Diligence in training: What you can really accomplish

From The Archives - I’m going back through the old blog and reposting some of the best articles.

Sometimes I suffer from impostor syndrome as a coach. Unlike other coaches and gym owners, I am not an accomplished athlete. I never excelled in a sport, and I don't currently compete at anything. I'm competent at most movements now, but I'm far short of talented - things just don't come very easily to me.

However, I think what I do bring to the table as a coach that better athletes cannot is this: I'm an example of what a normal person can accomplish with consistent effort over time. I can share my story, and you can learn from it. When I started seriously training more than 7 years ago, I was slow at everything and not particularly strong, I had poor balance and coordination, and I had no proficiency or even experience with the lifts and body weight movements we do. Over the course of several years, I worked really hard. I attacked my weaknesses, and I developed strength and skills. I learned how to do pull-ups, ring dips, handstands, box jumps. I worked doggedly on the Olympic lifts to improve my form and plugged away at the power lifts to slowly increment my maxes. I learned to row and to sprint.

I'm not bragging about this. In my best shape (which is not right now), I'm at best a mediocre athlete. But I'm miles from where I started, and the way I got there was simple - consistent, focused practice. And I would argue that no matter where you are starting from, that is how you can improve and gain new skills, even if they seem very far away.

More specifically, what did I do? I came into the gym 5 days a week. I did the workout that was programmed. And before or after that workout, I did skill work. I'd set a goal, for example, getting a pull-up. And every single day, I'd spend 5 minutes or so working on a progression to get that pull-up. My first kipping pull-up took 6 months of work. My first strict pull-up was a few months after that. My first chest-to-bar pull-up was even later. When I got a goal, I set a new one and started working on that. This is how you make progress. There may be impediments - old injuries, weaknesses, inadequate athletic background, psychological impediments. But every one of you can take this approach and make progress.

The reason I am in this business is because I saw how hard work could transform me into an athlete, and I wanted to make that happen for other people. I want every single person in the gym to bring all their effort to the game, and I want every single person to make that transformation, to grow in ability and confidence. I want it so, so much - but I can't want it for you. So here's a little smackdown:

1. Let's start simply - if you're reading this, but you haven't come in and signed up to work with us, that's your first step. (I know you lurker-readers are out there.) The first step is to walk into the gym, put your excuses aside, and make the commitment.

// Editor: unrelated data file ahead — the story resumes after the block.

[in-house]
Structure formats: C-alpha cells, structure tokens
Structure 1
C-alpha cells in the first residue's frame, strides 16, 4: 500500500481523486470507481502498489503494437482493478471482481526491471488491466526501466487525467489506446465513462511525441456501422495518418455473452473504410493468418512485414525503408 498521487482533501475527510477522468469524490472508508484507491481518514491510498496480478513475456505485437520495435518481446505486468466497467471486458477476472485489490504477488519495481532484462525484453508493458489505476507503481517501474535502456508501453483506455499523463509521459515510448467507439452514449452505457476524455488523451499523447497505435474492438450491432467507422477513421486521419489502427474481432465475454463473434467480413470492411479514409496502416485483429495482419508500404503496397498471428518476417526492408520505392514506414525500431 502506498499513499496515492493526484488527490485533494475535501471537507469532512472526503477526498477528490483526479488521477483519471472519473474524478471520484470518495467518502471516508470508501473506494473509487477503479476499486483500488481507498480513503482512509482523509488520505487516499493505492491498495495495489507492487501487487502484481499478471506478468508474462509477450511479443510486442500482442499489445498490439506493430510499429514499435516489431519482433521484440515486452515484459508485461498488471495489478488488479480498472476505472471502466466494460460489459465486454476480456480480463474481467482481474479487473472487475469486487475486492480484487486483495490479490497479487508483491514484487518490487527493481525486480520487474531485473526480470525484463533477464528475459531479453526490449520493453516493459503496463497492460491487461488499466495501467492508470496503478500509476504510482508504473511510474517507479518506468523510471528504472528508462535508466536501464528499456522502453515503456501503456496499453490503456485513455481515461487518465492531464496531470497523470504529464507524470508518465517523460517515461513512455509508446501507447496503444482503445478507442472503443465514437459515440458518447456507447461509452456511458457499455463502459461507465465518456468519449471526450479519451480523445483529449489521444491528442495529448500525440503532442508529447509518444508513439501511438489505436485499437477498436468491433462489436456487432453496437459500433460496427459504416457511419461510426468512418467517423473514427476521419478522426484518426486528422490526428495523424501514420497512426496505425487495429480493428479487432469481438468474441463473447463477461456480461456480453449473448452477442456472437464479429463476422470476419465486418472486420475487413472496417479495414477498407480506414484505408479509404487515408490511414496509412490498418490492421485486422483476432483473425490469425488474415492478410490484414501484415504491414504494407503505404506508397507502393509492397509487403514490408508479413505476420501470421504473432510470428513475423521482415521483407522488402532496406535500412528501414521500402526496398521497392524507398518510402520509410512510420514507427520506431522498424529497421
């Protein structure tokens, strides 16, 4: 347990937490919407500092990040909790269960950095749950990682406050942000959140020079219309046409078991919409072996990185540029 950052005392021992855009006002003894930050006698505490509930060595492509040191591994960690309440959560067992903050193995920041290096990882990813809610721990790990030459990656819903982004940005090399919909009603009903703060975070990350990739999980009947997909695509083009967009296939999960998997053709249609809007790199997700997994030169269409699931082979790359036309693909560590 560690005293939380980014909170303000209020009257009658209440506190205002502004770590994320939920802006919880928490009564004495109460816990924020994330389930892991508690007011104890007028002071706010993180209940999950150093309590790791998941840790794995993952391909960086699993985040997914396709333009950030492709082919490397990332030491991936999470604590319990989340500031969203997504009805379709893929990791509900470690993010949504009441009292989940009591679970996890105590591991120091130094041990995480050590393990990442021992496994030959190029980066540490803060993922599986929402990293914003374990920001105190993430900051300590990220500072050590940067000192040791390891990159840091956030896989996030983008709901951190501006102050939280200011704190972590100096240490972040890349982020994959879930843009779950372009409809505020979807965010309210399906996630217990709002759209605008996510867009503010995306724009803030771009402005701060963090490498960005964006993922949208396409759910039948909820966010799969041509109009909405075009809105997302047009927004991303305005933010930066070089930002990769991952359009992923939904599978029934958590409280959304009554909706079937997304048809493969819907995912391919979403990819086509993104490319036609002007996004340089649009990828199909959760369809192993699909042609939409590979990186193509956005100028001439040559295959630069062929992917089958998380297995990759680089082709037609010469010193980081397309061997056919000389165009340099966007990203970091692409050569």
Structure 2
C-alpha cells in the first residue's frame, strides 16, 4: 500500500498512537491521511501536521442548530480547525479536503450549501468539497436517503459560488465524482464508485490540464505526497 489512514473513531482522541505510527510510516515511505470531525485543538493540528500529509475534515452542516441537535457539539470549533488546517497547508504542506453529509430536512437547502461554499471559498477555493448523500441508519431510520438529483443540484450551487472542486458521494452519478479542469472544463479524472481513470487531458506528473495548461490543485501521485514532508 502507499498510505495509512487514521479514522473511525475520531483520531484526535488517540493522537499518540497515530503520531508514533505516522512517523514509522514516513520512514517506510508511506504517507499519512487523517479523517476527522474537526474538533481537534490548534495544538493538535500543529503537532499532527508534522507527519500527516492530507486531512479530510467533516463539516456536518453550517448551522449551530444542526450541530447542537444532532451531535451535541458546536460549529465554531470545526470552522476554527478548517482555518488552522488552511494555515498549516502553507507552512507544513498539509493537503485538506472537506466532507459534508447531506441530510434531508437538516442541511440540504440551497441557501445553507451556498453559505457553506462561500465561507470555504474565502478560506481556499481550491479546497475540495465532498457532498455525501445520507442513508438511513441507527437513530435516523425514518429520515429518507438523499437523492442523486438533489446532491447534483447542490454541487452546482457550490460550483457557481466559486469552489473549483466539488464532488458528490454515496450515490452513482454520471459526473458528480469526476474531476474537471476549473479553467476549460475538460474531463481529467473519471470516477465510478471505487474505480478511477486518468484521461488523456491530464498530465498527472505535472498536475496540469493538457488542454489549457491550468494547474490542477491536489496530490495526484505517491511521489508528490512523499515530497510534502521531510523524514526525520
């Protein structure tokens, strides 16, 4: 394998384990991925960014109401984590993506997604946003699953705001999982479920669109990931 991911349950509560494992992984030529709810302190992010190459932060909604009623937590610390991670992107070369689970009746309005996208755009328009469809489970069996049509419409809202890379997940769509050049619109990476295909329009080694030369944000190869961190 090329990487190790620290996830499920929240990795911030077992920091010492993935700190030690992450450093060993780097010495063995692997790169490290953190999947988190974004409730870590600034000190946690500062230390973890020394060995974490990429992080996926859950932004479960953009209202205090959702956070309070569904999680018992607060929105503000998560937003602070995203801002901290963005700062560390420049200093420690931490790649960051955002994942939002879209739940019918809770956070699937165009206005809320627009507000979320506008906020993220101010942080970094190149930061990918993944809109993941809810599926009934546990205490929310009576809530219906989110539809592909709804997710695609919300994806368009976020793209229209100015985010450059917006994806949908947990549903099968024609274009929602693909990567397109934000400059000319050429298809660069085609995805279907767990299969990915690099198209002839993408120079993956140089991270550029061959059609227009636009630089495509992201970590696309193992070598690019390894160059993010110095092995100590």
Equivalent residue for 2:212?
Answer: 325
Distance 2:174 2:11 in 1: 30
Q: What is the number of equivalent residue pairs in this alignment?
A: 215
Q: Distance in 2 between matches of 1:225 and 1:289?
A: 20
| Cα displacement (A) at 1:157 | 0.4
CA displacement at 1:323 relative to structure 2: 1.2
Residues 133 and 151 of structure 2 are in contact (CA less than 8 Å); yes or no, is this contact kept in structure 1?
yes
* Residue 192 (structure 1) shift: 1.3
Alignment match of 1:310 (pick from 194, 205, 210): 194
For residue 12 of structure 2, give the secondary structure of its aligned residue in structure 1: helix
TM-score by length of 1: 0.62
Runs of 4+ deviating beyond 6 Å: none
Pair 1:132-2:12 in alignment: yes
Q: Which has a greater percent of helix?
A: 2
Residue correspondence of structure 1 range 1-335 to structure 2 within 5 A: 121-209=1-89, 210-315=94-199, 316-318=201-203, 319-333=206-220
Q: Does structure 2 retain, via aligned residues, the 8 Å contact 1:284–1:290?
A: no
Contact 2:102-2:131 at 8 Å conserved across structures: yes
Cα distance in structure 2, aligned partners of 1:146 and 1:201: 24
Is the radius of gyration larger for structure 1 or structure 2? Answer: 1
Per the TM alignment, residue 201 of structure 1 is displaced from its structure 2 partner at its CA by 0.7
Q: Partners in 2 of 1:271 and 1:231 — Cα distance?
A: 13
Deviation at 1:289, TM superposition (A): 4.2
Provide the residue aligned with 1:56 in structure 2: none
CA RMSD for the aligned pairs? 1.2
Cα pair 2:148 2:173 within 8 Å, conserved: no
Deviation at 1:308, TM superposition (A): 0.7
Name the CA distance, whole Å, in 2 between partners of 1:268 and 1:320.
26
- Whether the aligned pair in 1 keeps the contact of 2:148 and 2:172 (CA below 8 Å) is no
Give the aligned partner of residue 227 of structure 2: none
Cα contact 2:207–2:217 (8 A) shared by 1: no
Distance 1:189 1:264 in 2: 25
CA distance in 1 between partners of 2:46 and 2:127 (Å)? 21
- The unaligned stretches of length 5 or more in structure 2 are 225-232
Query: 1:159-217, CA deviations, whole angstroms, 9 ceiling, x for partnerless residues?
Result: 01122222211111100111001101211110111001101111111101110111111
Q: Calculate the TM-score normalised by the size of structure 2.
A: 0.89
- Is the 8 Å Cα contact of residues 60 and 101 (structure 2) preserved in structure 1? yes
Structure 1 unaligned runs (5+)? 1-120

2. If you are a member but you're not coming in regularly (you know who you are) - and I mean at least 3 days a week but preferably 4 or 5 - recommit. Make a plan and don't let other crap get in the way of your training. We have morning, noon, and evening classes; find one that fits your schedule and make it happen.

3. If you're a member who is coming in regularly, it's time to start setting and attacking goals. Pick one or two things to work on, and talk with me or Mike or Jordan about a progression to do in your warm-up time. It shouldn't take more than about 5 minutes a day. For example, if you want to get a pull-up, you might start with static hangs, adding 5 seconds every day until you get to 2 minutes, then switch to negatives. If you want to master the overhead squat, you'll start with the pvc pipe, then go to the junior bar, the women's bar, and so on. Don't worry about mastering everything at once - pick one skill, and when you have it, go on to the next thing.

You CAN do this. You can do things you never dreamed of. Don't set limits on what you can be. You don't know what you can really accomplish if you only half try. When I look at each of you, I am envisioning a trajectory of progress - she'll get a pull-up, then she'll master push-ups, then she'll start going after the Olympic lifts; he'll master rowing form, then he'll get a solid handstand, then increment his power lifts.

At Barbell Strategy, we often talk about how our workouts are efficient, how they don't beat you down, how less is more. But smart training can still be serious, committed, diligent training. Commit yourself and see what you can do.

Amy Santamaria